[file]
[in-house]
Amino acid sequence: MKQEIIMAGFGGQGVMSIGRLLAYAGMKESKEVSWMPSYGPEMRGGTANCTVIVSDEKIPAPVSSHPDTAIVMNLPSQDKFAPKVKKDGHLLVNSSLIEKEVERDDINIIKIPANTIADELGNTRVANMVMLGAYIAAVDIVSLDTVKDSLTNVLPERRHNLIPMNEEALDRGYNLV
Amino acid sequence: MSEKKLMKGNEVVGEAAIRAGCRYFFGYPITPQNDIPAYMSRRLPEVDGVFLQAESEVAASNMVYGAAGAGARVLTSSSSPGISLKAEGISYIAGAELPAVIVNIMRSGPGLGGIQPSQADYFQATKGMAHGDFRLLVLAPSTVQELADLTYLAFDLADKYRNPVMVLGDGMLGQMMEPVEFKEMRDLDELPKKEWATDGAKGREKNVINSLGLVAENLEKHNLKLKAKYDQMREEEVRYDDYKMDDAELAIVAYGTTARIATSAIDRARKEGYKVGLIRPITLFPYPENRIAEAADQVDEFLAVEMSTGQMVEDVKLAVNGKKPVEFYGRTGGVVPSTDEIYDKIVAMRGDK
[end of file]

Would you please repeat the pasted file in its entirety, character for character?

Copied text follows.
[in-house]
Amino acid sequence: MKQEIIMAGFGGQGVMSIGRLLAYAGMKESKEVSWMPSYGPEMRGGTANCTVIVSDEKIPAPVSSHPDTAIVMNLPSQDKFAPKVKKDGHLLVNSSLIEKEVERDDINIIKIPANTIADELGNTRVANMVMLGAYIAAVDIVSLDTVKDSLTNVLPERRHNLIPMNEEALDRGYNLV
Amino acid sequence: MSEKKLMKGNEVVGEAAIRAGCRYFFGYPITPQNDIPAYMSRRLPEVDGVFLQAESEVAASNMVYGAAGAGARVLTSSSSPGISLKAEGISYIAGAELPAVIVNIMRSGPGLGGIQPSQADYFQATKGMAHGDFRLLVLAPSTVQELADLTYLAFDLADKYRNPVMVLGDGMLGQMMEPVEFKEMRDLDELPKKEWATDGAKGREKNVINSLGLVAENLEKHNLKLKAKYDQMREEEVRYDDYKMDDAELAIVAYGTTARIATSAIDRARKEGYKVGLIRPITLFPYPENRIAEAADQVDEFLAVEMSTGQMVEDVKLAVNGKKPVEFYGRTGGVVPSTDEIYDKIVAMRGDK